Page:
The UK’s immigration system is complex and is undergoing regular changes. This can make it difficult for entrepreneurs and business people to know how they can set up their businesses in the UK. Whilst the government is advertising Britain as “open for business” in the hope of attracting the “best and brightest” to the UK, it can be confusing to understand the different options for moving your business to the UK.
In this blog we look at some of the main visas available for entrepreneurs and business people, and the eligibility requirements for each.
This visa allows individuals to set up a business in the UK. The first step is to get endorsement from an approved body which assesses whether the business idea is viable, scalable, and innovative. The applicant needs to have £50,000 available in investment funds for the business and must meet the required standard of English. The individual must also have personal funds of £945 held in their bank for 90 days prior to their application.
This visa allows for an initial stay of 3 years, which can be extended for a further 3 years (indefinitely), and indefinite leave to remain can be applied for after 5 years in total (or quicker in some circumstances).
Whilst on this visa, an individual cannot do work outside the work they do in their own business, this is contrasted with the Start Up visa (below) which allows the holder to work outside their business to support themselves.
The fee for this visa is currently £1,021 for applicants outside the UK and the NHS surcharge of £400 per year of the visa is payable upfront at the time of applying.
Start Up Visa:
This visa is similar to the Innovator visa except it does not require the individual to have £50,000 funding. Endorsement is still required, as are the English language and maintenance funds like the Innovator visa. The other main difference is that this visa is for a limited period of 2 years, after which the applicant can apply to switch into the Innovator category if they have secured sufficient funding. This visa allows for the holder to take employment whilst working on their business.
The fee for this visa is currently £363 for applicants outside the UK and the NHS surcharge is applicable.
Representative of an Overseas Business Visa:
This visa is for the sole representative of an overseas company planning to set up a UK branch or a wholly owned subsidiary for an overseas parent company.
The individual must be a senior employee who can make decisions for the company in the UK. There must be a clear business plan for the company in the UK and the overseas company must be establishing a wholly-owned subsidiary or registering a branch in the UK which is in the same business activity as the parent company.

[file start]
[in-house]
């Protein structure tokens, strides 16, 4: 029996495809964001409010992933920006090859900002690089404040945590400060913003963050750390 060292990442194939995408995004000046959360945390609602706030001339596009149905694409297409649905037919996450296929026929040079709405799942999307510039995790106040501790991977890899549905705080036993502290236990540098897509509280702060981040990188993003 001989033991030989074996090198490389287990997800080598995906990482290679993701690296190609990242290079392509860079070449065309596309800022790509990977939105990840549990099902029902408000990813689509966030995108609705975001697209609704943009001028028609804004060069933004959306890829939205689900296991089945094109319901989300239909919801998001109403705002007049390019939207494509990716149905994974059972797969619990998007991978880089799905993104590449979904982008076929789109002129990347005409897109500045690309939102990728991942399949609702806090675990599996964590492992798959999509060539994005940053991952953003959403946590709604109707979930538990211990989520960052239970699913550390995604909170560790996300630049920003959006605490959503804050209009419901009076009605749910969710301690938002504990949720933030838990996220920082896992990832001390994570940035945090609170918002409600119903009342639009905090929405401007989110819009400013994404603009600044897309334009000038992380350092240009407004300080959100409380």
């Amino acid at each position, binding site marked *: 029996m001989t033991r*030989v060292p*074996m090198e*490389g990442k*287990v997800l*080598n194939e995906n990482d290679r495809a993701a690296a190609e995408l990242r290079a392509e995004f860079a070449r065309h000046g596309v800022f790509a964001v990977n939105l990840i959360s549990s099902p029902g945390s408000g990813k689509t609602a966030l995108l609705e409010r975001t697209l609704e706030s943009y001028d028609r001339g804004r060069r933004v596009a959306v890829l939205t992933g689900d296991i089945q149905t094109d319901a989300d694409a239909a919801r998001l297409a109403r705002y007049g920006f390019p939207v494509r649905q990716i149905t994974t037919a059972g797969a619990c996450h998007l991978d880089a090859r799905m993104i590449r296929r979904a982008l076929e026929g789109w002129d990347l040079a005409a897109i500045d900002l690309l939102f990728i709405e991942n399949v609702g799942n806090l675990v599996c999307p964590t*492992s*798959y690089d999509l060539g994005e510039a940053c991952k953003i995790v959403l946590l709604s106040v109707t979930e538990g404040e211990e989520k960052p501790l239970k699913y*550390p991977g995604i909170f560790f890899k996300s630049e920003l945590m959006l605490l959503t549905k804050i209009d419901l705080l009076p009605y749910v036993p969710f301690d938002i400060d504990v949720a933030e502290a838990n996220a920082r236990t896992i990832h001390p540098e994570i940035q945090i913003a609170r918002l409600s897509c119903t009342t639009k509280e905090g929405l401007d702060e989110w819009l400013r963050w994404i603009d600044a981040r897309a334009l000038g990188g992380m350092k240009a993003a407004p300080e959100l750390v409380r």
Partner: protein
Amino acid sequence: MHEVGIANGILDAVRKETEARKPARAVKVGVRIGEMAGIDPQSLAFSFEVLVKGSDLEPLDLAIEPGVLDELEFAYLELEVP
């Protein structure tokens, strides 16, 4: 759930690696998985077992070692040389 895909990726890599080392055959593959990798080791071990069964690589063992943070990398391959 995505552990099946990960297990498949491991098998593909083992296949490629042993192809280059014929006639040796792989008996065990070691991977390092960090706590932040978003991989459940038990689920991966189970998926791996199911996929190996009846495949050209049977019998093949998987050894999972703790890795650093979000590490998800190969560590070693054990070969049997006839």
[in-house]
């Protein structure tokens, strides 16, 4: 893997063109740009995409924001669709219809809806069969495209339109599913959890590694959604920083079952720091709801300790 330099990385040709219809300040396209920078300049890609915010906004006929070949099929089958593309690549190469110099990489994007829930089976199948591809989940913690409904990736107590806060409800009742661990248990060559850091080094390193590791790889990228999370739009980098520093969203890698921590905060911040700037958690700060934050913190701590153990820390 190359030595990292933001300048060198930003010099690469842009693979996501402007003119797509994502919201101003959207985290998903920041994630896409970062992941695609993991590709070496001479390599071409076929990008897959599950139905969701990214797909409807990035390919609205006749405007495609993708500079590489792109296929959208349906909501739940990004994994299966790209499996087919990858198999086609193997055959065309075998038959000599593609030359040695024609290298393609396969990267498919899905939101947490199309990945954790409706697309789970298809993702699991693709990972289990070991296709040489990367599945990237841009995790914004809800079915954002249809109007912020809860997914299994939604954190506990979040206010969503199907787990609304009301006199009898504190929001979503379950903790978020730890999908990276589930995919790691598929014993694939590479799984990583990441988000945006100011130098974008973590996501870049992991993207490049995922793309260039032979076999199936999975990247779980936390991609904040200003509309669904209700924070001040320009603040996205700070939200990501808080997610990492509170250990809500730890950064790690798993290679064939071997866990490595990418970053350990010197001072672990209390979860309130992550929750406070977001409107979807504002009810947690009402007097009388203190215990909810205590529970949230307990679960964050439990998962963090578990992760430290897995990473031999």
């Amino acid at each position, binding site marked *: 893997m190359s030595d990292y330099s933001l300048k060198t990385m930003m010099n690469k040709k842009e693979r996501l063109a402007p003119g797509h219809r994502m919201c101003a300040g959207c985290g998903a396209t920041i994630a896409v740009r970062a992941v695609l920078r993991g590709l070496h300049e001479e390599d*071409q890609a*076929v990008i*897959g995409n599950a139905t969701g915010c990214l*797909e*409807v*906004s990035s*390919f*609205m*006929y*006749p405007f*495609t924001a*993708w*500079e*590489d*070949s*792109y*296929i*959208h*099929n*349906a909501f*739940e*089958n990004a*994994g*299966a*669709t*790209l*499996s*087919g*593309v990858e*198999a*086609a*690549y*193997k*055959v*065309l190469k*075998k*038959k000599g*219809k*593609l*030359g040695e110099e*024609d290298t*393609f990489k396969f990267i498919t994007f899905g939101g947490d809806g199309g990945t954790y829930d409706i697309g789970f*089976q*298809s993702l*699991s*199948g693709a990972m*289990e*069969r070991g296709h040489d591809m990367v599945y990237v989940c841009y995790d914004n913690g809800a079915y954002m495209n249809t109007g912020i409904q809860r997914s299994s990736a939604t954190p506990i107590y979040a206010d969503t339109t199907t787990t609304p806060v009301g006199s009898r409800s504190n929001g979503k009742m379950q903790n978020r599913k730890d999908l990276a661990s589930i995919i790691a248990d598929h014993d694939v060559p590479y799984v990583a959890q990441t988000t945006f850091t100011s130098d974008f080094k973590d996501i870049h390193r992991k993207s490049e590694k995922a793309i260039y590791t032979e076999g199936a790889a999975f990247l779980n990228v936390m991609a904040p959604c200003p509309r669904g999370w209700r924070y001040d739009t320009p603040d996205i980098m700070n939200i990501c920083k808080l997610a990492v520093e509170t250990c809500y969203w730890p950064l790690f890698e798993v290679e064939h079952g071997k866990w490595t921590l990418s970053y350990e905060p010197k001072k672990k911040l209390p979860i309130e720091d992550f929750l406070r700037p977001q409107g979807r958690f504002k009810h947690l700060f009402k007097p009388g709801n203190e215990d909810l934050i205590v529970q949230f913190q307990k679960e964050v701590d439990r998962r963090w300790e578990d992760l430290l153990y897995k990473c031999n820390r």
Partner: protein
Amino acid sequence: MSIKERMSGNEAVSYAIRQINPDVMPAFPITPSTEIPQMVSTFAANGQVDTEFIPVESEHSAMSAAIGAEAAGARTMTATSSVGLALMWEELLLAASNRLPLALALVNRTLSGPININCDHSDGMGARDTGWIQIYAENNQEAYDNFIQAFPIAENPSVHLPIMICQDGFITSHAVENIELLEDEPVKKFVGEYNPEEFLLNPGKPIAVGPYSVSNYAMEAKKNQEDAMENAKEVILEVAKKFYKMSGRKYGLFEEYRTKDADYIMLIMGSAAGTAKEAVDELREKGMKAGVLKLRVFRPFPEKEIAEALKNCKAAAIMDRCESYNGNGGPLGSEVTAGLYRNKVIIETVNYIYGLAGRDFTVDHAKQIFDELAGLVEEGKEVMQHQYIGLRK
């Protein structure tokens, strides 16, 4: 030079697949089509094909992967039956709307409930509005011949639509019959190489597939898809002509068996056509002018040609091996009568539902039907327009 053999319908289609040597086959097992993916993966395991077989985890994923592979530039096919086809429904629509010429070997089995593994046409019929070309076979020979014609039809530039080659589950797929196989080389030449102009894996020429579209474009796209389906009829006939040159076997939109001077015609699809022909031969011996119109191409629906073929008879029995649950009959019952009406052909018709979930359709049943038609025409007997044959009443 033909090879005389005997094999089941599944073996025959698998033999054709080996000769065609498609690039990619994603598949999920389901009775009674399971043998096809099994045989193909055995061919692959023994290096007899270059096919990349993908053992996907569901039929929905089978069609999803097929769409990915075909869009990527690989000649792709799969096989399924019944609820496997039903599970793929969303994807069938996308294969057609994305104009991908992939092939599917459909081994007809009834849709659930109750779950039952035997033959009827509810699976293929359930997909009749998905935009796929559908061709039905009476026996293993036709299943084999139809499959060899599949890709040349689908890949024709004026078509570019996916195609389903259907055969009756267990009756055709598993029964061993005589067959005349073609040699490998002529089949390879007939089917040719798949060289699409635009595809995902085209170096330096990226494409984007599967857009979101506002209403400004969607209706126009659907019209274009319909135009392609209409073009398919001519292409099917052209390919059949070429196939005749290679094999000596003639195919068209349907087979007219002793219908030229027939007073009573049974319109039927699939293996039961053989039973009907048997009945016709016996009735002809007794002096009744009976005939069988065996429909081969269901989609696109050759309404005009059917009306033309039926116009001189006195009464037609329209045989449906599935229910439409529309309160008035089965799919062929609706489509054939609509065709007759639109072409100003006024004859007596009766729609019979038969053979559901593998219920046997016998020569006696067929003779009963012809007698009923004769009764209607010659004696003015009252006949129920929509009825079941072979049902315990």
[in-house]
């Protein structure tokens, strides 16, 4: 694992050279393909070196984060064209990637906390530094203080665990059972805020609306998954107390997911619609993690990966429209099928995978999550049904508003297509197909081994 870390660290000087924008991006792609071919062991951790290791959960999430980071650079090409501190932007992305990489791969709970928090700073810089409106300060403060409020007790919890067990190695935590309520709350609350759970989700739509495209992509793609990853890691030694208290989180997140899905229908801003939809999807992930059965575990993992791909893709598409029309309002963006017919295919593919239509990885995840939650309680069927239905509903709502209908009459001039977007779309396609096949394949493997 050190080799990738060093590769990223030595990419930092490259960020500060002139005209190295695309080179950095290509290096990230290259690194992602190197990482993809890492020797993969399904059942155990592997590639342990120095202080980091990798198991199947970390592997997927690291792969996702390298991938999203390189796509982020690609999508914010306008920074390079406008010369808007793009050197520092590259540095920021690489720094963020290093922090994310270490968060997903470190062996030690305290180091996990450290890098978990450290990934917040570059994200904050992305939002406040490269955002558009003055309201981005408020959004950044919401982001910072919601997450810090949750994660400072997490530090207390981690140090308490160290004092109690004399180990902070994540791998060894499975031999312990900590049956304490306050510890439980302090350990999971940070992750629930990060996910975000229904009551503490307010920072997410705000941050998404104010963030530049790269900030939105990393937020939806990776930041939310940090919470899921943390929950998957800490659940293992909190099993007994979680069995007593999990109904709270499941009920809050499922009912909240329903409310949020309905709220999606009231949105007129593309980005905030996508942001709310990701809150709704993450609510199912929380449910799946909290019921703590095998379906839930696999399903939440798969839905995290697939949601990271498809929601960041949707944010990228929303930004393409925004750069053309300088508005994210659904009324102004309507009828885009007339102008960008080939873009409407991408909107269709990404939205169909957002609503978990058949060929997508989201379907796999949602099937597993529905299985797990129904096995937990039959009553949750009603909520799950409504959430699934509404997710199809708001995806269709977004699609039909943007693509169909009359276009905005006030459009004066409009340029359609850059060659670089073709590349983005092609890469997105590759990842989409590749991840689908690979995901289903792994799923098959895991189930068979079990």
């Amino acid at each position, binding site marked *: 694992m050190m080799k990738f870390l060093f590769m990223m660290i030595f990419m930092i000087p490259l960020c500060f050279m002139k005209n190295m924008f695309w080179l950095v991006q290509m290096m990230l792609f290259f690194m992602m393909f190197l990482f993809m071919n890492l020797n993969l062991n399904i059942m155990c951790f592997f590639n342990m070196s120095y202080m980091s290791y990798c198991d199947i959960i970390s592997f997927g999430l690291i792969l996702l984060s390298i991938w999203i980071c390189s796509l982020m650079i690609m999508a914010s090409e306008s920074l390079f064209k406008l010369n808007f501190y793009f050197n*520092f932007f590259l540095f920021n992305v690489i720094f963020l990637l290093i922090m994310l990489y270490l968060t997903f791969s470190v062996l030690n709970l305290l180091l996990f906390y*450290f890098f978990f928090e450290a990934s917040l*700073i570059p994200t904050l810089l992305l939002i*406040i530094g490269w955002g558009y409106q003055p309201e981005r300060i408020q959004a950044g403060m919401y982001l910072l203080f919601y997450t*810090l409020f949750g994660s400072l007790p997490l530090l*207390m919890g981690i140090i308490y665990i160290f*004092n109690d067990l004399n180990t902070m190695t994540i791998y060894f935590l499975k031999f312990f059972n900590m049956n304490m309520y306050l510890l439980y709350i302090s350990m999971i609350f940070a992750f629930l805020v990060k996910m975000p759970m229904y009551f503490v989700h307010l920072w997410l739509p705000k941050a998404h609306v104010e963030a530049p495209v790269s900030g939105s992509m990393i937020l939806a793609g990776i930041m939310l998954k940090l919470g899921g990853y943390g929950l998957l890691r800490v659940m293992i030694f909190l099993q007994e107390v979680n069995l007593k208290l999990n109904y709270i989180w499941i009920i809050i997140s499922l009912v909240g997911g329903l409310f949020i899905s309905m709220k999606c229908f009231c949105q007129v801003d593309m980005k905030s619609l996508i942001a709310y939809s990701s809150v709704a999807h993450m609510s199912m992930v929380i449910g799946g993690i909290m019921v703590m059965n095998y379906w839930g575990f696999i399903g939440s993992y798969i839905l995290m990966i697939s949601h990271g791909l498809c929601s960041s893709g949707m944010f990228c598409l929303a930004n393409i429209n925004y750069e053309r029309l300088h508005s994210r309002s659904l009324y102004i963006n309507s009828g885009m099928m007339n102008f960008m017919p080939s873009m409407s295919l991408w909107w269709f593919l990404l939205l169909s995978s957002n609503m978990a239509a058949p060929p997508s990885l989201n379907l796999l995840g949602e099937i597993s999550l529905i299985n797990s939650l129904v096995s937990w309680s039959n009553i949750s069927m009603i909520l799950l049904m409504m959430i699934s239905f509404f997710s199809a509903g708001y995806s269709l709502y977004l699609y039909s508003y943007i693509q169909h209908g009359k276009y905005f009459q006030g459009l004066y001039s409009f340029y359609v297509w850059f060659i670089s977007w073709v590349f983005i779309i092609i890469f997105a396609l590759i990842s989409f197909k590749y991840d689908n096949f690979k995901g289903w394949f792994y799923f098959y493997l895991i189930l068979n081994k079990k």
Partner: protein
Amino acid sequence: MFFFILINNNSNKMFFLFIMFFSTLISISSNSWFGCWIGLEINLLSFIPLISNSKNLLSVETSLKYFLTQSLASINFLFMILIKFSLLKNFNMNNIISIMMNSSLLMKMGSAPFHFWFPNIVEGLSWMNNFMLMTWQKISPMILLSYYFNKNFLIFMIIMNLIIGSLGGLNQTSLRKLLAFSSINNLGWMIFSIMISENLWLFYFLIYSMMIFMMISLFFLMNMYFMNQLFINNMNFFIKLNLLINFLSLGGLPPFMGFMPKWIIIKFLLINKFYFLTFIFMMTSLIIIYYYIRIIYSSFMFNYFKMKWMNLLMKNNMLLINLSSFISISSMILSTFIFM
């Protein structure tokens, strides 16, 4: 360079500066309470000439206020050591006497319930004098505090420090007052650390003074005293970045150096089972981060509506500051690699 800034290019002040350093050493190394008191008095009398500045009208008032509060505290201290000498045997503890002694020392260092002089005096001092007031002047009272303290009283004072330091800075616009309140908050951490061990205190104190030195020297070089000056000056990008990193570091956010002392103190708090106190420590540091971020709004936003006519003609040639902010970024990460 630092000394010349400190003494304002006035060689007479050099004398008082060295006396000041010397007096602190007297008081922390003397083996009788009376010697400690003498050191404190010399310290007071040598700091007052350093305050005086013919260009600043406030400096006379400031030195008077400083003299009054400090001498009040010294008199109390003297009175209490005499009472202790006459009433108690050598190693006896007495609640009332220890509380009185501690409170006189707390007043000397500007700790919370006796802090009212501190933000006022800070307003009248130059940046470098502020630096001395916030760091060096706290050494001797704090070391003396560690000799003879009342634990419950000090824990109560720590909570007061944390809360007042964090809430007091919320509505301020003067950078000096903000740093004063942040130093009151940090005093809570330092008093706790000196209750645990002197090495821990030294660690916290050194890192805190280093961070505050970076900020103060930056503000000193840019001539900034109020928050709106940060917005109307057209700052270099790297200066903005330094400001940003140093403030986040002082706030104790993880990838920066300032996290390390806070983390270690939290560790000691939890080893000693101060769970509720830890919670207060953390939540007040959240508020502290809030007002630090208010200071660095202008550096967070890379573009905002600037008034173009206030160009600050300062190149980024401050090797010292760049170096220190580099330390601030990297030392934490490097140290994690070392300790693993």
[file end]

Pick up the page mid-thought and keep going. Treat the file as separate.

The applicant must show they have sufficient English language skills and enough funds to support themselves and any family members in the UK.
The visa can be granted for an initial period of up to 3 years, which can be extended for a further 2 years, and then can lead to indefinite leave to remain.
The fee for this visa is currently £610, and again the NHS surcharge applies.
Tier 1 Exceptional Talent:
This visa is for individuals who are considered to be world leaders or future world leaders in science, medicine, engineering, humanities, arts and culture, and tech. This visa allows the holder to work or set up a business in the UK.
The applicant needs endorsement from an endorsing body before they can apply for the visa. Different bodies cover the different areas and each has their own criteria which must be met for endorsement.
The visa can be for up to 5 years in the first instance (or for a shorter period and can be extended for up to another 5 years). Applications for indefinite leave to remain can be made after 5 years on this visa.
There is no English language requirement for this visa, nor maintenance requirement.
There are two fees for this visa. For the endorsement stage the fee is £456. The visa fee, once endorsement is obtained, is £152. The NHS Surcharge is also applicable.
This visa is undergoing some changes in future and potentially becoming the ”Global Talent visa”. It could mean that it is slightly easier to obtain; currently it is limited to 2,000 a year but this has never been met. Whilst it is tough to get endorsement, it is highly beneficial for those who can obtain this visa.
With Brexit on the horizon, and the Innovator and Start Up visas in their infancy, it is highly likely more changes will happen in future. Should you be considering setting up your business in the UK, you should take advice from our immigration team who can help you understand your options as well as put you in touch with contacts who can assist you in each step of your business journey.
Call the team at Farleys Solicitors today on 0845 287 0939 or submit your enquiry through our online contact form.